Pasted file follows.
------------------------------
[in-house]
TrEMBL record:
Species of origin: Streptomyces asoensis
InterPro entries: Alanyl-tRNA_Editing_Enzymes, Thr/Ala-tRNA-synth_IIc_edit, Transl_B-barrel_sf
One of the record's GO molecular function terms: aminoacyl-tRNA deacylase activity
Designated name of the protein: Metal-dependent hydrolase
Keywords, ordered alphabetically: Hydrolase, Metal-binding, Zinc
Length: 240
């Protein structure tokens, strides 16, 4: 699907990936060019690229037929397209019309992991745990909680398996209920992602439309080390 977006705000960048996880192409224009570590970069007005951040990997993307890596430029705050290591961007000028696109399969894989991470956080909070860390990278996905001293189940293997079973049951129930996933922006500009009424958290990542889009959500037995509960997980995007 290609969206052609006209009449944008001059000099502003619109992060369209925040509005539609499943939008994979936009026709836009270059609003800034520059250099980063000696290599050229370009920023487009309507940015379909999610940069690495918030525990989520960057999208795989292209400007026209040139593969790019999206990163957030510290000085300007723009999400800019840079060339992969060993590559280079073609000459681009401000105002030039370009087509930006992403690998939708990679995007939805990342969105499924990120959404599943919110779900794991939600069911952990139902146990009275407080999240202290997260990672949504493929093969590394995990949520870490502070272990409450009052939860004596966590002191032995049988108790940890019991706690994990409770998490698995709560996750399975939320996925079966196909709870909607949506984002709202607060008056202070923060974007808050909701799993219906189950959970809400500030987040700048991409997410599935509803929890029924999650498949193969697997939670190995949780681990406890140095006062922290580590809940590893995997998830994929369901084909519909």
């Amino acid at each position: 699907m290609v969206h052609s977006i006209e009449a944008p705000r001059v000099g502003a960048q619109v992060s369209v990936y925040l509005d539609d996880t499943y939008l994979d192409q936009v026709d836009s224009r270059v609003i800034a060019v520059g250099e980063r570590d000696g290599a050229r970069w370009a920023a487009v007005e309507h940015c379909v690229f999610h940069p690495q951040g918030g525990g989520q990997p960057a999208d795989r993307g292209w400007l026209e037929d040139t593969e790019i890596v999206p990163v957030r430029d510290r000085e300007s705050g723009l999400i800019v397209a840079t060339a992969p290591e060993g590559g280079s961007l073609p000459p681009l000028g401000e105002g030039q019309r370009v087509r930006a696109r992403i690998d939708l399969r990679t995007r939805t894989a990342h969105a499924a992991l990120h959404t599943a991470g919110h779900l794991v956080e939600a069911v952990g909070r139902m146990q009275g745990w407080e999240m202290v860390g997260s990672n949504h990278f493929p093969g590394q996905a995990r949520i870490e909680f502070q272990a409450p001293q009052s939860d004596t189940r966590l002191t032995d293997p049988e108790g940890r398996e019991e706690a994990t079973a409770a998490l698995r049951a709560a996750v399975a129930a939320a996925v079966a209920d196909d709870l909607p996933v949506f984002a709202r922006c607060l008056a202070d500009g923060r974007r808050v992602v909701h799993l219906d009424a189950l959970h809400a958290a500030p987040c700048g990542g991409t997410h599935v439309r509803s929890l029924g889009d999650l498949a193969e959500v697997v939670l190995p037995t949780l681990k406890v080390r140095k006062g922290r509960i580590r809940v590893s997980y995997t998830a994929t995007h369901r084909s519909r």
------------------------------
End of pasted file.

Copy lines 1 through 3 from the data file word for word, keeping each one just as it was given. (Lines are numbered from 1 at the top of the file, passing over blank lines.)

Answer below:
[in-house]
TrEMBL record:
Species of origin: Streptomyces asoensis